The second line of criticism takes issue with American unilateralism. It complains about the United States' trying to apply its own laws extra-territorially, and insisting on the maintenance of the embargo on Iraq.

This latter view also faults the U.S. for pulling out of the Kyoto protocol on climate change, an important environmental measure; for refusing to sign agreements on germ warfare and the international criminal court; and for its announced intention to withdraw from the Anti-Ballistic Missile treaty with Russia. The U.S. is criticized for wanting to impose international justice on others, yet not being willing to live by the rules it would impose — by, for example, subjecting its own citizens to the jurisdiction of an international court.

Perhaps the best summary of this second line of thinking is the proposition debated by the Oxford Union in May 1999: "Resolved, that the United States is a rogue state."

Somewhat Contradictory Complaints, But Serious Ones

It's worth noting that these two complaints are in tension with each other. After all, at the heart of globalization is an extension of institutional and legal forms around the world — not just through the freeing of capital transfers, but through the institution of a whole network of legal regulations and procedures as well.

Accordingly, globalization ought to force the United States to become less of a rogue state, by extending uniform rules and practices internationally — to affect the U.S. as well. By its nature, the fledgling international regime created by globalization is bound to observe the rule of law and honour the principle of consistency. It also creates a forum in which arguments of fairness can be made — if the United States and the other leading powers are prepared to listen.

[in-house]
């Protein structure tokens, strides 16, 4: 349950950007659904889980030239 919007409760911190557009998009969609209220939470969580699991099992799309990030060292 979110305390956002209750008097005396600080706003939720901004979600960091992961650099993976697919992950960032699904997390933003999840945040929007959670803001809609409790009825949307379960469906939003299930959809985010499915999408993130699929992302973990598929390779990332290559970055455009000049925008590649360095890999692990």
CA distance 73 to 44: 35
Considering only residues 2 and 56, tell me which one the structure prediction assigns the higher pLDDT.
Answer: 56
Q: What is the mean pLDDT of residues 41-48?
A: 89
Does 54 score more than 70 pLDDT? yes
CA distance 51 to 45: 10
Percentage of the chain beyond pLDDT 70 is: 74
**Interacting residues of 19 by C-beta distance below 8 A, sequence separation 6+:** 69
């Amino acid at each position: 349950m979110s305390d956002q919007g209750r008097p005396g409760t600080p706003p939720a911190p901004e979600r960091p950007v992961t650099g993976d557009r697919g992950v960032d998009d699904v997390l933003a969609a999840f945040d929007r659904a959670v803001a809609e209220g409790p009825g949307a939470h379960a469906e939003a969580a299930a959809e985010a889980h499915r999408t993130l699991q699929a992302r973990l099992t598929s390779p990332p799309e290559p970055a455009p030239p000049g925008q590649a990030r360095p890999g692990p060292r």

Why the "War on Terrorism" Should Be Multilateral

If Americans want a true answer to why some dislike the U.S. abroad, these two arguments — that America is forcing globalization on the world, and that it fails to follow international rules — are a good place to start.

It should be emphasized that these arguments do not explain the hatred of Osama bin Laden and the terrorists themselves; that hatred is deeply involved with America's presence in the Middle East, and aid to Israel as well. But they do explain the possible ambivalence, or even opposition, some potential allies might have towards U.S. counterterrorism measures, if they are imposed unilaterally. And they explain why one need not be a terrorist, or anything approaching one, to be highly uncomfortable with American foreign policy.

The United States suffers particularly from the sense that it wants to write the rules for other countries, while refusing to be bound by them itself. It would do well to listen to those who are concerned that the new global order, which America promotes and benefits from, does too little to serve the interests of the poor.

Even more, as the administration gears up for a long and difficult international campaign, it should commit itself firmly to a more multilateral approach. This would be in keeping with the idea of a battle against terrorism — which can, after all, be seen as a form of organized crime within the international community. And it would be true to the American domestic tradition of equality under the law, with equality, too, being viewed on an international scale, as equality among nations.


Anthony Dworkin is a writer and journalist based in London. He was until recently a producer with BBC Current Affairs.